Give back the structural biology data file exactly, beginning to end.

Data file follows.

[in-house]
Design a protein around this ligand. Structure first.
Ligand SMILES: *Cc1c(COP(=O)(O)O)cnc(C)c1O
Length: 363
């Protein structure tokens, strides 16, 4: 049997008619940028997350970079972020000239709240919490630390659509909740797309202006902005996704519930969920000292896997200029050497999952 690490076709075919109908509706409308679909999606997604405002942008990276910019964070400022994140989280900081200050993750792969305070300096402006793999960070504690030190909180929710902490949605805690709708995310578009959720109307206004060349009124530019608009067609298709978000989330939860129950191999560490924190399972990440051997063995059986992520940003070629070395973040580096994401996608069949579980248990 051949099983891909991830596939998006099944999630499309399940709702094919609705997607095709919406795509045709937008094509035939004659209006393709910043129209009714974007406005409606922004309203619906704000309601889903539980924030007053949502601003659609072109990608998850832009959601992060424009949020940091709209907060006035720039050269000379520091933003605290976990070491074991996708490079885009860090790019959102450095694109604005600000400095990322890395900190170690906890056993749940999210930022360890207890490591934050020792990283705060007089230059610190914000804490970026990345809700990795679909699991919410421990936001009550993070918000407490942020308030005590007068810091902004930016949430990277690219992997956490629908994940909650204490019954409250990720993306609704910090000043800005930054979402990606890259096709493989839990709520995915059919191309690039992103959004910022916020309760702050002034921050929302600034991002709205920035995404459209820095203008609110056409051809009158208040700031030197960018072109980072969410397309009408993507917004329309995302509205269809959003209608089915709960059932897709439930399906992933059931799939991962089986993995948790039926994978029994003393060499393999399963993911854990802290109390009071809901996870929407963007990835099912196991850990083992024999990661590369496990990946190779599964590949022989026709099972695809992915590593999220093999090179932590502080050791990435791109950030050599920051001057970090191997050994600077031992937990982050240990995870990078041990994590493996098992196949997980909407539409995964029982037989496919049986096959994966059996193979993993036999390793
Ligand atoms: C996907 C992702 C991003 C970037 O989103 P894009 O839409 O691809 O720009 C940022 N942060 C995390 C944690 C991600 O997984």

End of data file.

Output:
[in-house]
Design a protein around this ligand. Structure first.
Ligand SMILES: *Cc1c(COP(=O)(O)O)cnc(C)c1O
Length: 363
């Protein structure tokens, strides 16, 4: 049997008619940028997350970079972020000239709240919490630390659509909740797309202006902005996704519930969920000292896997200029050497999952 690490076709075919109908509706409308679909999606997604405002942008990276910019964070400022994140989280900081200050993750792969305070300096402006793999960070504690030190909180929710902490949605805690709708995310578009959720109307206004060349009124530019608009067609298709978000989330939860129950191999560490924190399972990440051997063995059986992520940003070629070395973040580096994401996608069949579980248990 051949099983891909991830596939998006099944999630499309399940709702094919609705997607095709919406795509045709937008094509035939004659209006393709910043129209009714974007406005409606922004309203619906704000309601889903539980924030007053949502601003659609072109990608998850832009959601992060424009949020940091709209907060006035720039050269000379520091933003605290976990070491074991996708490079885009860090790019959102450095694109604005600000400095990322890395900190170690906890056993749940999210930022360890207890490591934050020792990283705060007089230059610190914000804490970026990345809700990795679909699991919410421990936001009550993070918000407490942020308030005590007068810091902004930016949430990277690219992997956490629908994940909650204490019954409250990720993306609704910090000043800005930054979402990606890259096709493989839990709520995915059919191309690039992103959004910022916020309760702050002034921050929302600034991002709205920035995404459209820095203008609110056409051809009158208040700031030197960018072109980072969410397309009408993507917004329309995302509205269809959003209608089915709960059932897709439930399906992933059931799939991962089986993995948790039926994978029994003393060499393999399963993911854990802290109390009071809901996870929407963007990835099912196991850990083992024999990661590369496990990946190779599964590949022989026709099972695809992915590593999220093999090179932590502080050791990435791109950030050599920051001057970090191997050994600077031992937990982050240990995870990078041990994590493996098992196949997980909407539409995964029982037989496919049986096959994966059996193979993993036999390793
Ligand atoms: C996907 C992702 C991003 C970037 O989103 P894009 O839409 O691809 O720009 C940022 N942060 C995390 C944690 C991600 O997984």